An Advance Medical Directive (AMD) is a legal document that you sign in advance to inform the doctor treating you that you do not want any extraordinary life-sustaining treatment to be used to prolong your life.
Hospital staff are unaware of who has made an AMD as it is confidential and they are not allowed to ask you if you have made an AMD. However, if your attending doctor has reasons to believe that you are terminally ill and unable to make your wishes known to him (e.g. you are unconscious), he can check with the Registrar of Advance Medical Directives on whether you have made an AMD.
Making an AMD is a voluntary decision. It can be made by anyone who is 21 years old and above, and who is not mentally disordered. It is a criminal offence for any person to force you to make one against your will.
You can revoke your AMD in writing by utilising Form 3 which will be sent to you alongside the acknowledgement that your AMD has been registered by the Registry of AMDs. Alternatively, you could also write a letter detailing your revocation to the Registrar of AMDs. Take note that the AMD must be revoked in the presence of a witness. If you are unable to write, the AMD can be revoked orally or in any other way in which you can communicate. The witness must then submit the notice of revocation using Form 3 or the letter as stated previously. The witness should also state the reason why the person revoking the AMD could not do so themselves.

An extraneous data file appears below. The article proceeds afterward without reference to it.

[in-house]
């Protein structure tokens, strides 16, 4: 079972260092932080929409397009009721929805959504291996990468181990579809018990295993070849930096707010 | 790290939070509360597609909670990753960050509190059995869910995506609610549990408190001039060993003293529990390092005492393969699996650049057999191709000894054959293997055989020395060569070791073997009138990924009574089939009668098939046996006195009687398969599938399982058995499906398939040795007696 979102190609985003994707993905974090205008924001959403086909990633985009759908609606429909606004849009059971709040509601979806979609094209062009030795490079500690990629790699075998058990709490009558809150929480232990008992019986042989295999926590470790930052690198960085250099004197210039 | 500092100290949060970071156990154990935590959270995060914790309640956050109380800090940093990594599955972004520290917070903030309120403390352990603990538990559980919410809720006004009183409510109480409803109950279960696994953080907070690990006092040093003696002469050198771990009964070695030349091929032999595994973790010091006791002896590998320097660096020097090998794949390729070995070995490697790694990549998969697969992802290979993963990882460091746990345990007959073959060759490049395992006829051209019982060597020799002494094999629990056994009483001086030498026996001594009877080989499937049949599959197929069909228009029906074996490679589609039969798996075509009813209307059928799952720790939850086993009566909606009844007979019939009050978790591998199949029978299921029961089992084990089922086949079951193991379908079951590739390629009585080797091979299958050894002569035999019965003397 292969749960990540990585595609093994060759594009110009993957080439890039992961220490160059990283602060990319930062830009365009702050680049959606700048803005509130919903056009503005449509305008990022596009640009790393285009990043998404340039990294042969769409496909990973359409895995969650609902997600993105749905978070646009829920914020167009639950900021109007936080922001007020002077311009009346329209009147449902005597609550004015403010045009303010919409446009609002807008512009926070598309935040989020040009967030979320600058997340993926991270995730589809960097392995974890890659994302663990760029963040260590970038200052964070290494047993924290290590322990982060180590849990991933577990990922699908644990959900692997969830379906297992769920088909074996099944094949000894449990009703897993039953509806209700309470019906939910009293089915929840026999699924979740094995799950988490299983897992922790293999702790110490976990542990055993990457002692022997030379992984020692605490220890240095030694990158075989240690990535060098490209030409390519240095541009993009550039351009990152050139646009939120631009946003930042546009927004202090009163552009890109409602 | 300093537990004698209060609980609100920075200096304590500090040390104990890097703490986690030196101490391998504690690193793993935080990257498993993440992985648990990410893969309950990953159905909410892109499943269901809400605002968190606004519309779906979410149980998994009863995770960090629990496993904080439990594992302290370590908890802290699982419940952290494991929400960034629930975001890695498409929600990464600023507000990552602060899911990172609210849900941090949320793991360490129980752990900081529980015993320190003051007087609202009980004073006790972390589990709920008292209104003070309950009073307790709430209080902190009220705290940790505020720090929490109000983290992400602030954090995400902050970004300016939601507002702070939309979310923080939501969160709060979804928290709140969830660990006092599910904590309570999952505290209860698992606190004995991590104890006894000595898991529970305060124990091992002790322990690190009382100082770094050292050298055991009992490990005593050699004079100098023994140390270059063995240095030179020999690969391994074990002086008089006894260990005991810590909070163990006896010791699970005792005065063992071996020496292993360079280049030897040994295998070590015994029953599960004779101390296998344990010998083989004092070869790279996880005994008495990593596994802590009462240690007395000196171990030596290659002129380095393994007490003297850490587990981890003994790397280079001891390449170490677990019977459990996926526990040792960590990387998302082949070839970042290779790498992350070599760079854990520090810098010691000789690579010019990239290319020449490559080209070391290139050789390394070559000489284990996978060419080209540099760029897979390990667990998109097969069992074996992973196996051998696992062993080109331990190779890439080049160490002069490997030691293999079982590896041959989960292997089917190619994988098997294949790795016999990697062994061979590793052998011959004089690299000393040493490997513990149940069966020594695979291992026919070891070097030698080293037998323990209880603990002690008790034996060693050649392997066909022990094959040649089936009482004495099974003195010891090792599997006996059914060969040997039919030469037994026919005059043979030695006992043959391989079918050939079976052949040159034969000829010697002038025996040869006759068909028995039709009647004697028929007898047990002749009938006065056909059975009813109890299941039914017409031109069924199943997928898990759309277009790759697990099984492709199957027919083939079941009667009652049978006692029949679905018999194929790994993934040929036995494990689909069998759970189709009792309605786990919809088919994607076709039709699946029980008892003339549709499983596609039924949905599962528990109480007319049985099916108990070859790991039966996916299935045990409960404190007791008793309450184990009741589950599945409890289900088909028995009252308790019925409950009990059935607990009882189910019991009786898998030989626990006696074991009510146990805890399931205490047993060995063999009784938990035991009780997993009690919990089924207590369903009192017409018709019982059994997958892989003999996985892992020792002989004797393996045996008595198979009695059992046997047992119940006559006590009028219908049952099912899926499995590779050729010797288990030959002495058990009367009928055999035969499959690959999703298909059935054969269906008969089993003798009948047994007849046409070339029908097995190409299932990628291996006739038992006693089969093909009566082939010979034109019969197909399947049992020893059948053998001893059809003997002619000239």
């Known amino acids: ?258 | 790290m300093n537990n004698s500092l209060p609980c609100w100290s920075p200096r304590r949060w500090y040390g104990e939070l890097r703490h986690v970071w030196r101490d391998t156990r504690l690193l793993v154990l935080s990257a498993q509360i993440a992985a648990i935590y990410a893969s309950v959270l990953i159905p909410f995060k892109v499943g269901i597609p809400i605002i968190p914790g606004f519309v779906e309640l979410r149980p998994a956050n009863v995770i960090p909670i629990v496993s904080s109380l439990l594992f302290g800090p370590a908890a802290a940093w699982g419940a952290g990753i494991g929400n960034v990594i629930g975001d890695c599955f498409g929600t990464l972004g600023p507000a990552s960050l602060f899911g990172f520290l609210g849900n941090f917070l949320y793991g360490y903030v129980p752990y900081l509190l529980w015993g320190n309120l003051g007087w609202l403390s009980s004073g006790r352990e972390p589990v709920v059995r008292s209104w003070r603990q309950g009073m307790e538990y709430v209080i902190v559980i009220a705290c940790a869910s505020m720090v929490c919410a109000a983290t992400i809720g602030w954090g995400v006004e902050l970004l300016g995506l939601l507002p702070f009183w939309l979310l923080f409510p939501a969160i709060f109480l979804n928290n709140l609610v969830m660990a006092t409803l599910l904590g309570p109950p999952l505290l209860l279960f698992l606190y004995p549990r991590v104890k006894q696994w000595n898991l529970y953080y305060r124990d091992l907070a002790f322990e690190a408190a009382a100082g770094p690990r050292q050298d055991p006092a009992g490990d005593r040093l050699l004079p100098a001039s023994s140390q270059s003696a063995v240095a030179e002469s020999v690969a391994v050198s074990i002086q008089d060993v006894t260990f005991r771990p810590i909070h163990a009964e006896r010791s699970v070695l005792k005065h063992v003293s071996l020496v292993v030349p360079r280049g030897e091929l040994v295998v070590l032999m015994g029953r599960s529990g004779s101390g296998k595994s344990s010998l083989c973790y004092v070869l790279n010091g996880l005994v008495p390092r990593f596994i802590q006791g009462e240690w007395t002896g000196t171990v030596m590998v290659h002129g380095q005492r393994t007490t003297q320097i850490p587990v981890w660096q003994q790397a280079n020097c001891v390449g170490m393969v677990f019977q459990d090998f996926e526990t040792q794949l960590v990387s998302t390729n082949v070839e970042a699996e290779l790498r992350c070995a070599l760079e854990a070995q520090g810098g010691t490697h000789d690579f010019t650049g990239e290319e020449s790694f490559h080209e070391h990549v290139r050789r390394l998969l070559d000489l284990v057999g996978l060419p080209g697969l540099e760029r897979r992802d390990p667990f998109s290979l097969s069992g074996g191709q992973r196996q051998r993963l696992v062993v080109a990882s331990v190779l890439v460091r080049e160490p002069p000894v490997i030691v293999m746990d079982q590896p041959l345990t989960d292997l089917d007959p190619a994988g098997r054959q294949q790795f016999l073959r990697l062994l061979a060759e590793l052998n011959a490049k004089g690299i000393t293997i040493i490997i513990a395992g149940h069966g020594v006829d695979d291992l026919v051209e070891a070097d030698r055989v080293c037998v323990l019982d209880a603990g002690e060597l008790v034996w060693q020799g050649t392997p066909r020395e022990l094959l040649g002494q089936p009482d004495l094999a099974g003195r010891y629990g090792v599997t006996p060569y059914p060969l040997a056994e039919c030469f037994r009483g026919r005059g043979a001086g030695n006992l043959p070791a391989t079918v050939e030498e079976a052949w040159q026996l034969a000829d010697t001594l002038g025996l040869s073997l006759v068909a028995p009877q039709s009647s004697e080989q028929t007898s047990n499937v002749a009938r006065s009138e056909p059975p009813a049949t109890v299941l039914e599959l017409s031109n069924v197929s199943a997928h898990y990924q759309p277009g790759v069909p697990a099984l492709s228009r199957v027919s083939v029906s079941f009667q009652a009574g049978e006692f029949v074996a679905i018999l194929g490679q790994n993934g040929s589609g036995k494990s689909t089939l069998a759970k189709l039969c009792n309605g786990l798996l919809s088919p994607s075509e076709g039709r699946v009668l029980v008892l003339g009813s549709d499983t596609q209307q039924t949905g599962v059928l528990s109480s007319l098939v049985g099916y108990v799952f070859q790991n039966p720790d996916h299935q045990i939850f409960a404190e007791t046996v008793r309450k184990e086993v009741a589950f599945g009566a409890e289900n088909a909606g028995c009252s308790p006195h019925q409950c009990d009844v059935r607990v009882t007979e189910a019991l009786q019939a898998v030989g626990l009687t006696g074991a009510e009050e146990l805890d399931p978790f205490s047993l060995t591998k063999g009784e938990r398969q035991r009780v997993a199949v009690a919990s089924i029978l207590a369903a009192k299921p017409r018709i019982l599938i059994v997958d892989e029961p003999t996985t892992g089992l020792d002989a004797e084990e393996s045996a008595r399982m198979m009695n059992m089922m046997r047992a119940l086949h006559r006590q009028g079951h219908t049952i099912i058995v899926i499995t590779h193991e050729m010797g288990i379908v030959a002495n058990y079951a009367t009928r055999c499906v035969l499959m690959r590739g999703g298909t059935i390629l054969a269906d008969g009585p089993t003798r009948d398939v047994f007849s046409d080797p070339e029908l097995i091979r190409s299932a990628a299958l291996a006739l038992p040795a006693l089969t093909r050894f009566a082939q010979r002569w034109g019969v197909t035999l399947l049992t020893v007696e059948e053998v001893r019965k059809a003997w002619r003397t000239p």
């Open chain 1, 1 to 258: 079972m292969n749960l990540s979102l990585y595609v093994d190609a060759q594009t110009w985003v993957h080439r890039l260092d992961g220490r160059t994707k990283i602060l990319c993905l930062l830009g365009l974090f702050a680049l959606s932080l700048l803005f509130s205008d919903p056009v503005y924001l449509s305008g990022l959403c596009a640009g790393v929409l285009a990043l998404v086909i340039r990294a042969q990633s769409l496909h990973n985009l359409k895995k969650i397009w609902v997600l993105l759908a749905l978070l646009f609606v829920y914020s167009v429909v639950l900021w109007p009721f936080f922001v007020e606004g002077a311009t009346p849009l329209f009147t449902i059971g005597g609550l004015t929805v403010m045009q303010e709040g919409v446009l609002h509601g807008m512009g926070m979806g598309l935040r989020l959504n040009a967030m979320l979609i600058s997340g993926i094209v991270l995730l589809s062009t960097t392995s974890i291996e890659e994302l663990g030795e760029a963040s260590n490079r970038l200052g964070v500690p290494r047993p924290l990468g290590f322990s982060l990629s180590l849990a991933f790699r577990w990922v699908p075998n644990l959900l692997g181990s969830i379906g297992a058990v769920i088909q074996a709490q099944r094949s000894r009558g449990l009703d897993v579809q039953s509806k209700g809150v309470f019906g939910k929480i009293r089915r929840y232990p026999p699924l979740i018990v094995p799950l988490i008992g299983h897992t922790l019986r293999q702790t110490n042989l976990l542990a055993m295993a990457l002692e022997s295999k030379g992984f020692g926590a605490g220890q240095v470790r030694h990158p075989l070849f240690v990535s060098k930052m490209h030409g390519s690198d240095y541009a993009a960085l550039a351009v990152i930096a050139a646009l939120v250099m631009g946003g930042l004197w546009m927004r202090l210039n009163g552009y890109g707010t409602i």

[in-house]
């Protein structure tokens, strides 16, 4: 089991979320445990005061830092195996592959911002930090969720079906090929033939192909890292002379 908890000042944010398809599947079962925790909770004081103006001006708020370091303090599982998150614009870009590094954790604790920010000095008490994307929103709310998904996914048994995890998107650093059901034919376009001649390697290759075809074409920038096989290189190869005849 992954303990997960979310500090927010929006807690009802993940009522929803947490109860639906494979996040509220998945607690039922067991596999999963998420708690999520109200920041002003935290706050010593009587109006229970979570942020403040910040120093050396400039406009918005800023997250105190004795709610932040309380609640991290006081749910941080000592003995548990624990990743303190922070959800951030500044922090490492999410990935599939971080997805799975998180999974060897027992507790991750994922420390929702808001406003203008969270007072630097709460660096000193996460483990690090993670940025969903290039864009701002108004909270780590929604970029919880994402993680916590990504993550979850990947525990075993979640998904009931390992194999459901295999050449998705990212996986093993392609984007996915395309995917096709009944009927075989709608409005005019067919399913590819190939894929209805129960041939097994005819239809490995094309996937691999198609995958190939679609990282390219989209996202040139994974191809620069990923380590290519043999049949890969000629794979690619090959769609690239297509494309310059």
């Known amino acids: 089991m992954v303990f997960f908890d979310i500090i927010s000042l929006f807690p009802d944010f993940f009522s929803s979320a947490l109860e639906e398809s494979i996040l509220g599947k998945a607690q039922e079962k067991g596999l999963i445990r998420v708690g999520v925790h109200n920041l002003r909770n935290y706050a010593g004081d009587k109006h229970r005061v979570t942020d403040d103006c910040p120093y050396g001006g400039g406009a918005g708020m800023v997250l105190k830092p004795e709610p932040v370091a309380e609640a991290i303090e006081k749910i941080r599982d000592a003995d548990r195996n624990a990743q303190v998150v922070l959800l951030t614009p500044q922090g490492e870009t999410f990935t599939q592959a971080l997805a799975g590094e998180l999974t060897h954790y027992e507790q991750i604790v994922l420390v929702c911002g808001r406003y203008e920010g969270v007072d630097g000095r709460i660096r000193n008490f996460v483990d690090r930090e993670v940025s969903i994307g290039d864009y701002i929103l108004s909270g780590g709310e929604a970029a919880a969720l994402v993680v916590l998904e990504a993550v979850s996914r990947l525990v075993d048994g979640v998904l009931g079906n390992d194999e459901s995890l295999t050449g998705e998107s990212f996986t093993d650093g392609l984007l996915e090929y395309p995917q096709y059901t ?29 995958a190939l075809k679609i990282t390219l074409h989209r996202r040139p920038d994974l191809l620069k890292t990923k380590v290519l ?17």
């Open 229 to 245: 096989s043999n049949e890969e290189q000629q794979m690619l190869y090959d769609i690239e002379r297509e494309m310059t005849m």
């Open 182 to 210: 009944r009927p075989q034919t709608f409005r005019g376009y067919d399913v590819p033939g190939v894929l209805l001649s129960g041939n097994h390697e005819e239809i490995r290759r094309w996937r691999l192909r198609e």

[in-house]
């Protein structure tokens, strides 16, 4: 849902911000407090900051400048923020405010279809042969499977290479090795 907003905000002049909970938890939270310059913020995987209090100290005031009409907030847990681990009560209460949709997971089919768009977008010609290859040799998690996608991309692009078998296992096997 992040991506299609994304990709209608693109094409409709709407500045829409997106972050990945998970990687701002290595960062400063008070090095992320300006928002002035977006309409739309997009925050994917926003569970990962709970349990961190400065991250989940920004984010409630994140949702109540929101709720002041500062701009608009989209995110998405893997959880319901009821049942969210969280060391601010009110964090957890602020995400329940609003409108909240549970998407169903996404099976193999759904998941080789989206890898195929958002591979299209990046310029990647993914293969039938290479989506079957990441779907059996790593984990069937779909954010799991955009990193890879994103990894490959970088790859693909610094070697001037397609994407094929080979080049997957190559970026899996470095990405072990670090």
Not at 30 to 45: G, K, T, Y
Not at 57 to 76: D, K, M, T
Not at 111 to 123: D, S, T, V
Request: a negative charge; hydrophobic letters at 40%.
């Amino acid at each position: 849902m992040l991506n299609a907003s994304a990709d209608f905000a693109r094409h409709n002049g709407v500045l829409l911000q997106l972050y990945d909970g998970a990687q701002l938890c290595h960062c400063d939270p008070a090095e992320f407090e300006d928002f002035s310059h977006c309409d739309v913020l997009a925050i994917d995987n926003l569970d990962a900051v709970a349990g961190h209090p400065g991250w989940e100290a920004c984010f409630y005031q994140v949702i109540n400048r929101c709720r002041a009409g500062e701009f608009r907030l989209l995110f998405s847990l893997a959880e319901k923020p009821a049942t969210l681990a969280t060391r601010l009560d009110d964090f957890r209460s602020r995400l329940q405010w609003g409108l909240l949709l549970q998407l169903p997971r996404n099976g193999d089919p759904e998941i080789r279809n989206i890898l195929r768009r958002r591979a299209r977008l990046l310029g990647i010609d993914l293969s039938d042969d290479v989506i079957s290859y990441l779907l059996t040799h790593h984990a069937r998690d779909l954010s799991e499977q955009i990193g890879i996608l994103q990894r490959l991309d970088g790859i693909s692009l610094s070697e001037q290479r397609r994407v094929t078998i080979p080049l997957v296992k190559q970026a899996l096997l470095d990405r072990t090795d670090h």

Yes they can. However, as long as you have made an AMD, the doctors will have to respect it regardless of any objections from your loved ones. Nonetheless, you are still encouraged to discuss your decision with your loved ones as this will help them to understand and respect your wishes should you become terminally ill.
The AMD will only come into force once you have been determined to have a terminal illness and a Certificate of Terminal illness has been issued. Three doctors, including the patient’s hospital doctor, must unanimously certify a patient’s terminal illness. It is a prerequisite that two of the doctors must be specialists. If the first group of three doctors cannot agree unanimously that the patient is terminally ill, the doctor-in-charge will review their diagnosis. If they still feel that the patient is terminally ill, the matter will be referred to a second group of three specialists. This second group will be appointed by the Ministry of Health. If the second group of doctors is also unable to come to a unanimous agreement, the AMD cannot take effect. The patient’s life will continue to be sustained and he will receive medical treatment as normal.